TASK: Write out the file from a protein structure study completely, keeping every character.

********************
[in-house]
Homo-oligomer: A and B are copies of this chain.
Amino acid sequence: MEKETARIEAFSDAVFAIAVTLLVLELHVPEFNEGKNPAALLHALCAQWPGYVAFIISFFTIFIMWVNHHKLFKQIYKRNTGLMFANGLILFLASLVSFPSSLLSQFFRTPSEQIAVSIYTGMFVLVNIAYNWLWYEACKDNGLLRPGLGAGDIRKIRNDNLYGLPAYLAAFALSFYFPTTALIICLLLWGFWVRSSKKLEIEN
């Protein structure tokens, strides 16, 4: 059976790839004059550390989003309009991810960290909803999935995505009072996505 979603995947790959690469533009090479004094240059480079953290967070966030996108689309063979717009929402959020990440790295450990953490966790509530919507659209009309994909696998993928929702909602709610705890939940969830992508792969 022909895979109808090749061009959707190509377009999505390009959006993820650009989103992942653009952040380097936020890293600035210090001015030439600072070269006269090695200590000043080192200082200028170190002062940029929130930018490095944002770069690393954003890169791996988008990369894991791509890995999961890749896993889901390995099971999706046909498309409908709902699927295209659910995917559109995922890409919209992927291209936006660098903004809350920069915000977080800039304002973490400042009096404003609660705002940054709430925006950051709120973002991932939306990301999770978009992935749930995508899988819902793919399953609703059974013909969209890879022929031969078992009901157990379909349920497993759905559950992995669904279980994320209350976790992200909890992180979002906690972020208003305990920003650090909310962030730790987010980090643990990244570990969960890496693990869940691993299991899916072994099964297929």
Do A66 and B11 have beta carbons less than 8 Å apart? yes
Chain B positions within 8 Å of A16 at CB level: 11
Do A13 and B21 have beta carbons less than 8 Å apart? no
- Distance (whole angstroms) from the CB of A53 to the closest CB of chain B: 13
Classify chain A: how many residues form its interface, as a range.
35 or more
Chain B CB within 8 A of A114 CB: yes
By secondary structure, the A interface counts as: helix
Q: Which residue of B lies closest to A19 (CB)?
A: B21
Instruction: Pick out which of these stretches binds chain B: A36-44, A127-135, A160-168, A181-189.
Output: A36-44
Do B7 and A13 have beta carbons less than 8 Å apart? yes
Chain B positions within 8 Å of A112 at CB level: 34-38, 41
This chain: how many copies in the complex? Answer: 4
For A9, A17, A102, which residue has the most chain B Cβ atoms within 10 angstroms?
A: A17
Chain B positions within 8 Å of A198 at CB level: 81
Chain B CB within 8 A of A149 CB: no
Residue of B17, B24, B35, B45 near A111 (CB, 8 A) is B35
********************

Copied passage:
[in-house]
Homo-oligomer: A and B are copies of this chain.
Amino acid sequence: MEKETARIEAFSDAVFAIAVTLLVLELHVPEFNEGKNPAALLHALCAQWPGYVAFIISFFTIFIMWVNHHKLFKQIYKRNTGLMFANGLILFLASLVSFPSSLLSQFFRTPSEQIAVSIYTGMFVLVNIAYNWLWYEACKDNGLLRPGLGAGDIRKIRNDNLYGLPAYLAAFALSFYFPTTALIICLLLWGFWVRSSKKLEIEN
């Protein structure tokens, strides 16, 4: 059976790839004059550390989003309009991810960290909803999935995505009072996505 979603995947790959690469533009090479004094240059480079953290967070966030996108689309063979717009929402959020990440790295450990953490966790509530919507659209009309994909696998993928929702909602709610705890939940969830992508792969 022909895979109808090749061009959707190509377009999505390009959006993820650009989103992942653009952040380097936020890293600035210090001015030439600072070269006269090695200590000043080192200082200028170190002062940029929130930018490095944002770069690393954003890169791996988008990369894991791509890995999961890749896993889901390995099971999706046909498309409908709902699927295209659910995917559109995922890409919209992927291209936006660098903004809350920069915000977080800039304002973490400042009096404003609660705002940054709430925006950051709120973002991932939306990301999770978009992935749930995508899988819902793919399953609703059974013909969209890879022929031969078992009901157990379909349920497993759905559950992995669904279980994320209350976790992200909890992180979002906690972020208003305990920003650090909310962030730790987010980090643990990244570990969960890496693990869940691993299991899916072994099964297929």
Do A66 and B11 have beta carbons less than 8 Å apart? yes
Chain B positions within 8 Å of A16 at CB level: 11
Do A13 and B21 have beta carbons less than 8 Å apart? no
- Distance (whole angstroms) from the CB of A53 to the closest CB of chain B: 13
Classify chain A: how many residues form its interface, as a range.
35 or more
Chain B CB within 8 A of A114 CB: yes
By secondary structure, the A interface counts as: helix
Q: Which residue of B lies closest to A19 (CB)?
A: B21
Instruction: Pick out which of these stretches binds chain B: A36-44, A127-135, A160-168, A181-189.
Output: A36-44
Do B7 and A13 have beta carbons less than 8 Å apart? yes
Chain B positions within 8 Å of A112 at CB level: 34-38, 41
This chain: how many copies in the complex? Answer: 4
For A9, A17, A102, which residue has the most chain B Cβ atoms within 10 angstroms?
A: A17
Chain B positions within 8 Å of A198 at CB level: 81
Chain B CB within 8 A of A149 CB: no
Residue of B17, B24, B35, B45 near A111 (CB, 8 A) is B35